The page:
The way the new system is being priced is also grossly unfair. Now, instead of 400 different treatments with their own individually calculated price, there are only three price bands, again based on number of UDAs. 1 UDA, the equivalent of a check–up will cost £15.50, 3 UDAs, which can cover anything between one filling and ten, will cost £42.40, and any more complex treatment which involves a lab technician and laboratory fees such as crowns or bridges will cost £189, and count for 12 UDAs. This may seem relatively simple, but this actually means that 69% of patients will be paying more for treatment, and on average costs will double. As already stated, this system also penalises patients with low treatment requirements, and the British Dental Association is concerned that this will therefore discourage people from regular visits to the dentist. Once patients realise that it costs the same to get one tooth filled as three, there’s an incentive to delay treatment to get value for money. If basic emergency treatment is £15.50, then it works out as cheaper to wait until a tooth is causing pain and needs filling than to make a routine appointment for the same filling which will cost £42.40: more than double.

One of the main aims of the new contract was to allow dentists more time to focus on preventative dentistry, but yet again it has failed spectacularly, and only served to make the problem worse. A patient now has to pay nearly triple what they used to for a dental check–up: £15.50, rather than £5.80. Many dentists believe this increased cost is going to act as a disincentive for patients, and hardly surprising, since the point of having a National Health Service is to make medical care affordable for all, never mind “free at the point of contact”. Under this new system it is the people in society most dependant on NHS provision who will be the most disadvantaged: the young, the elderly and those on a low income. Also, dentists now have no incentive to talk to patients about dental care, or to visit schools to educate pupils, because these activities have no UDA value, which in the long run can only be a bad thing, and will lead to more people needing dental care.

Despite all of this, the Government has been trying to con us into thinking this is a good deal for all concerned, instead of just for them. It has been asserted by Rosie Winterton and others that “an independent dentist with an average NHS workload can earn about £80K a year plus expenses,” and since the amount that dentists are being paid per UDA has been calculated on their earnings for the last year (which accounts for different dentists being paid different amounts per UDA) the government is now trying to persuade everyone that dentists will still be earning this amount under the new contract. This is absolute nonsense from beginning to end. If the new contract was really offering dentists salaries of £80K plus expenses, they would be mad not to accept it. Government figures themselves contradict this assertion, reports suggesting that average earnings for NHS dentists are closer to £65K. One has to wonder where Ms Winterton is getting her figures from, if it’s not her own imagination.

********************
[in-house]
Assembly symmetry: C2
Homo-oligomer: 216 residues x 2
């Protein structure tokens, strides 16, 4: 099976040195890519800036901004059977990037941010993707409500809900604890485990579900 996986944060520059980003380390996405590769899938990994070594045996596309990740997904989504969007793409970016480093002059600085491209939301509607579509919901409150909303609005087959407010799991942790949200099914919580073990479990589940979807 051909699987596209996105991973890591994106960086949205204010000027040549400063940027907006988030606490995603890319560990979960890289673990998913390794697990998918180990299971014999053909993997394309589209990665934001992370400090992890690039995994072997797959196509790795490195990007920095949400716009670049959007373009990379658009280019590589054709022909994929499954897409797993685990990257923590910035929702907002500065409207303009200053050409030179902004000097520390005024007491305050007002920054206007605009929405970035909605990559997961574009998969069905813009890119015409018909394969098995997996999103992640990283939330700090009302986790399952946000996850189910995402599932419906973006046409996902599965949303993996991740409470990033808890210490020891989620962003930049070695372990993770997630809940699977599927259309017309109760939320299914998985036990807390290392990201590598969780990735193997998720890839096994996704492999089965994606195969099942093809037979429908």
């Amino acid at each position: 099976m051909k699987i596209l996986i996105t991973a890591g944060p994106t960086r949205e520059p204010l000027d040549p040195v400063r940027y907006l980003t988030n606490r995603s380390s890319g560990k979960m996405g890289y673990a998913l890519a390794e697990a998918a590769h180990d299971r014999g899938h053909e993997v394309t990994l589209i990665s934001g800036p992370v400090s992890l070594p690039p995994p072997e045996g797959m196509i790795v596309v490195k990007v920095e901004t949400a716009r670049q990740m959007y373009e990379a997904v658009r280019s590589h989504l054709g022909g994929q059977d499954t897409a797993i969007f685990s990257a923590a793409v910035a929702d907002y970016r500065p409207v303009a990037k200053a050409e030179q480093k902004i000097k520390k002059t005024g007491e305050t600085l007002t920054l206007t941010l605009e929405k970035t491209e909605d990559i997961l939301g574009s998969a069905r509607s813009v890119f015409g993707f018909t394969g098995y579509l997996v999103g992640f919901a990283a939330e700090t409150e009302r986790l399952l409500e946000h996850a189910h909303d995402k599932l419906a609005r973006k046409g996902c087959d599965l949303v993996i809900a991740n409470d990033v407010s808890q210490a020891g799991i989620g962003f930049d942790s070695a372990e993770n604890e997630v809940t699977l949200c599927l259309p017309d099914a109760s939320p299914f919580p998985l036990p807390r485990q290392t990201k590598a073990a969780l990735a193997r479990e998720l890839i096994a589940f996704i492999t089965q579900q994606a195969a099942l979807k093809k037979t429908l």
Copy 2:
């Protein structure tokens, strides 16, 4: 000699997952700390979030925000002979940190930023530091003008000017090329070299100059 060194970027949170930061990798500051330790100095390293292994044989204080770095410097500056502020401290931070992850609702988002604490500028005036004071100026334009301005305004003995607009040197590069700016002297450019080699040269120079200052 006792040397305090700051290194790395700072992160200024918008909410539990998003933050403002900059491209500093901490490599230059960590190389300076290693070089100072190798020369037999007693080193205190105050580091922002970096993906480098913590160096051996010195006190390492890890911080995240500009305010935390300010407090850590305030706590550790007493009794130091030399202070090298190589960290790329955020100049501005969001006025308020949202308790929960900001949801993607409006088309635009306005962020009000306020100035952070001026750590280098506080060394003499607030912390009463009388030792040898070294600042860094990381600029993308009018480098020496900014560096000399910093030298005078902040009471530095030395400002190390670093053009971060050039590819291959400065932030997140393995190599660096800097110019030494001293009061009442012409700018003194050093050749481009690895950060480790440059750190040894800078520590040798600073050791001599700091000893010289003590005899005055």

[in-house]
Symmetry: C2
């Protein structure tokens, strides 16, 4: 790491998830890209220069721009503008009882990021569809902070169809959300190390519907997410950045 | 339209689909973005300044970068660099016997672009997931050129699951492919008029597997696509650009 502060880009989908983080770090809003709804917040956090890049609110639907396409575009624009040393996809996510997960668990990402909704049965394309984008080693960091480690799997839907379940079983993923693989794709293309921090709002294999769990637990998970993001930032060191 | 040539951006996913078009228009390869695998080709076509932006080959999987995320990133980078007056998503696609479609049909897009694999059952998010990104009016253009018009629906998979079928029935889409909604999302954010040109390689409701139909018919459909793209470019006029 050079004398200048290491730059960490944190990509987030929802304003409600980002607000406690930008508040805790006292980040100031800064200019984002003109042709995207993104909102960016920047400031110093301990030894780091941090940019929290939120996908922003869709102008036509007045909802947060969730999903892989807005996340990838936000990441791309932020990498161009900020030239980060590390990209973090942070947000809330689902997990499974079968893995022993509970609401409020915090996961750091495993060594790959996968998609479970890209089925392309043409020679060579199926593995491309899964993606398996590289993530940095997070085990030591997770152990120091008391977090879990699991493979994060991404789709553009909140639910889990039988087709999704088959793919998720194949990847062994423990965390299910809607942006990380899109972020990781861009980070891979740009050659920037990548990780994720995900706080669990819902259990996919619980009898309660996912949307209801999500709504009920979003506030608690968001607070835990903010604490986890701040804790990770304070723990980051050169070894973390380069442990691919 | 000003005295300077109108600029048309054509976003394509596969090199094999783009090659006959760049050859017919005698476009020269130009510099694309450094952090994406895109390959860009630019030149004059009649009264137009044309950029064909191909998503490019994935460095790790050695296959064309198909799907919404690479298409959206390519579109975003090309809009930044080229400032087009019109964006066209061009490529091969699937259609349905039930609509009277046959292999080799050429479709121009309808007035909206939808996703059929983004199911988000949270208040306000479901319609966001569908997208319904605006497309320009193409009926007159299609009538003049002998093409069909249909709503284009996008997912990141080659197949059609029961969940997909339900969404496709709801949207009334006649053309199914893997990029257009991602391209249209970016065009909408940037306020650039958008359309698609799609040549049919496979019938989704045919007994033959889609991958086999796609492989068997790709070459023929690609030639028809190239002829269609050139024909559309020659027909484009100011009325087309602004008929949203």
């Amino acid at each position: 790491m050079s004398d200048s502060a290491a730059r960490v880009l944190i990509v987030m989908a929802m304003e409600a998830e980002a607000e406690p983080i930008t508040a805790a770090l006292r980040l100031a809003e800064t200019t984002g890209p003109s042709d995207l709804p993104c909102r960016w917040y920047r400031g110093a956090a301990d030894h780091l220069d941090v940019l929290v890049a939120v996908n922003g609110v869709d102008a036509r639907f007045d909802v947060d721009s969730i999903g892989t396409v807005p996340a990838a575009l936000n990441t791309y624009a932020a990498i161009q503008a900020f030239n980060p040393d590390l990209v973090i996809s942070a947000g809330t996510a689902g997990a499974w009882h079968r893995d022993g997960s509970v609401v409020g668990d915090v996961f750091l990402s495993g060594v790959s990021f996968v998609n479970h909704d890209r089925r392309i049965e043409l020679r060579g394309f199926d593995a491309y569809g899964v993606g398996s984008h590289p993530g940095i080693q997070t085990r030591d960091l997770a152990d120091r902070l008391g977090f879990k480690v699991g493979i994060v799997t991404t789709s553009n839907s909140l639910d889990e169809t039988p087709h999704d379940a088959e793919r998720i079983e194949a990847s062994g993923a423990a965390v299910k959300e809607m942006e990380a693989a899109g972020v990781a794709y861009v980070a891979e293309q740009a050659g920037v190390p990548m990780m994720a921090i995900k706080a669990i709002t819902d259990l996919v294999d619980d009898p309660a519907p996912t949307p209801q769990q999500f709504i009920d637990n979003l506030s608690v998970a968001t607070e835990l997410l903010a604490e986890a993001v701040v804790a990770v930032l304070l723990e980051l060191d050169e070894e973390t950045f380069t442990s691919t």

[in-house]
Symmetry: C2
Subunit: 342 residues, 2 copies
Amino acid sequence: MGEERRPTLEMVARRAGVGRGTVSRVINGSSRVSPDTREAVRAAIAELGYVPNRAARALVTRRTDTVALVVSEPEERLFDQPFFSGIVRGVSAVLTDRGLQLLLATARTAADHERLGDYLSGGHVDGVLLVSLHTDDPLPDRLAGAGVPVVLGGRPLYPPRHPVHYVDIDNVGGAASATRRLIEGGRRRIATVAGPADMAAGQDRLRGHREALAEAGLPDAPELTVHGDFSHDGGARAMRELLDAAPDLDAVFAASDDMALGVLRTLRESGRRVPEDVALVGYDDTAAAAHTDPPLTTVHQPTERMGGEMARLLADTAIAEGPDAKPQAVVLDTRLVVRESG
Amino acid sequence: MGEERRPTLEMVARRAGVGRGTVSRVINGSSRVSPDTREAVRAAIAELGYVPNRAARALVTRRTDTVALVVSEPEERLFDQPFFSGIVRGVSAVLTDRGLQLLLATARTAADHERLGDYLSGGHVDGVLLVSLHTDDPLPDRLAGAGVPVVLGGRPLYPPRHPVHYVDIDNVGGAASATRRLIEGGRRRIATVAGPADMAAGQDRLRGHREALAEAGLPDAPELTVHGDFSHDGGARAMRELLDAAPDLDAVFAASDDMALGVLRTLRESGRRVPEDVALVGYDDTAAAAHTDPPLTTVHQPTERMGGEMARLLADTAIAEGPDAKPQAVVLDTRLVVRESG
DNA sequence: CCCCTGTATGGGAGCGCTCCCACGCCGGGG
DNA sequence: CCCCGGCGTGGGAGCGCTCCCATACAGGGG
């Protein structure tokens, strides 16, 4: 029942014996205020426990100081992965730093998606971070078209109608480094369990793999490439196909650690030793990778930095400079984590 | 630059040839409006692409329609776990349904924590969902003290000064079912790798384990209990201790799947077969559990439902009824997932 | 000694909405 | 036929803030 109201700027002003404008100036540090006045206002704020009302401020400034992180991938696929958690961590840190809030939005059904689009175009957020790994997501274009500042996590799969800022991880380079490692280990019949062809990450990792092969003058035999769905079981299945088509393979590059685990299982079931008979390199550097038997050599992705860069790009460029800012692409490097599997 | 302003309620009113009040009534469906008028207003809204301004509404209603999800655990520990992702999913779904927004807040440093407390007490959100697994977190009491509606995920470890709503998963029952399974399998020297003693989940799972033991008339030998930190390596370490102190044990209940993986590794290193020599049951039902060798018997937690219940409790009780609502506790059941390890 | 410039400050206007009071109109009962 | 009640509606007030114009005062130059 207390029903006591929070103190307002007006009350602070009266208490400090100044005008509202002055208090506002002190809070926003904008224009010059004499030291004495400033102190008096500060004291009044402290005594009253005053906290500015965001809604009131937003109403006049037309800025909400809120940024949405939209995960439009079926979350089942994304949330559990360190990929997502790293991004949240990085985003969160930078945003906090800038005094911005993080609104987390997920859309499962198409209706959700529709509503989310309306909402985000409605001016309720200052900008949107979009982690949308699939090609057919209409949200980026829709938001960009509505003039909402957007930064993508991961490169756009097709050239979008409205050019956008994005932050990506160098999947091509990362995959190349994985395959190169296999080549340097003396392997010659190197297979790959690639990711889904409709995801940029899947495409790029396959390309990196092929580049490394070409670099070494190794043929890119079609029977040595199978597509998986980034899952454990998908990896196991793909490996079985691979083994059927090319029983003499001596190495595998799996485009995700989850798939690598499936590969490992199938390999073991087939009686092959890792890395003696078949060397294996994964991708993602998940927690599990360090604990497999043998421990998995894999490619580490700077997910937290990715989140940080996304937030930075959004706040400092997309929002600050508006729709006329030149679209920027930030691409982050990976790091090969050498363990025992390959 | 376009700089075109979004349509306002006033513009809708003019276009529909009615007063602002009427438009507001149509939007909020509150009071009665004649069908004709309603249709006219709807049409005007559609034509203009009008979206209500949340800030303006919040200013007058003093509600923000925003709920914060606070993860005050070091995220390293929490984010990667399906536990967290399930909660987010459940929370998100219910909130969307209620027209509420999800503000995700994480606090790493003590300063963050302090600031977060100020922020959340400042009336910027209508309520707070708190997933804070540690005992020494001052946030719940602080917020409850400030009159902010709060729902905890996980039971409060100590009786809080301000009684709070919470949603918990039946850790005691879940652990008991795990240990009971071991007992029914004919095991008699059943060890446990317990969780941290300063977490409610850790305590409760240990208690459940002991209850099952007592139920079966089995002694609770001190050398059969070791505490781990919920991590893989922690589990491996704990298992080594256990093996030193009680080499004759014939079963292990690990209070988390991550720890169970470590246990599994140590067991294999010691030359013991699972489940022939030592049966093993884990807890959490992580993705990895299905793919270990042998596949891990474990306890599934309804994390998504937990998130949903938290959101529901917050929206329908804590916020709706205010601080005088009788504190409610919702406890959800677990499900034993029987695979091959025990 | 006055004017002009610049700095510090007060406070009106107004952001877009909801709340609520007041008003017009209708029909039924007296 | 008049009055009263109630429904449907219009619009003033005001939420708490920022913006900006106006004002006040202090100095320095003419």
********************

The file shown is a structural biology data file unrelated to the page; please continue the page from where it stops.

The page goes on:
Apart from the deficiencies this contract will lead to in patient care, the government seems also to be underhandedly trying to gain an element of control over dentists in this country that is worryingly despotic. What all these reforms mean is that the government will be imposing a salary on NHS dentists, making them more dependant on government handouts, like NHS doctors, rather than allowing them to work in the more independent way that they are used to. Not only is this an unwanted imposition on the freedoms of dentists, but in the long run this will be damaging to the growth of NHS dental practices. What the government doesn’t seem to realise is that unlike doctors, dentists receive no financial assistance with setting up or running their practices. Everything comes from the dentist's own pocket; some own their own premises, there are no notional rent arrangements, no 80% contribution to staff salaries, no funding towards expensive equipment, nothing. And so for the government to try and dictate how a dentist runs his or her practice – towards which they have contributed not one penny – is, I find, somewhat unreasonable. The government is essentially a sub–contractor, and in any other business it would be impossible to find another sub–contractor who would dream of having the control over their contractors that the government wishes to gain over the dentists. Besides which, under the terms of this new contract, dentists will be unable to fund improvements to their practice without government funding, which has not even been suggested. They cannot increase their income by taking on more work for a month or so, as used to be the case, in order to fund the purchase of new equipment, for example, as they will not be paid any extra money if they exceed their UDA quota for the month. This means that the growth of individual practices will be stunted, and in time NHS dentistry will be unable to keep up with new developments in the industry.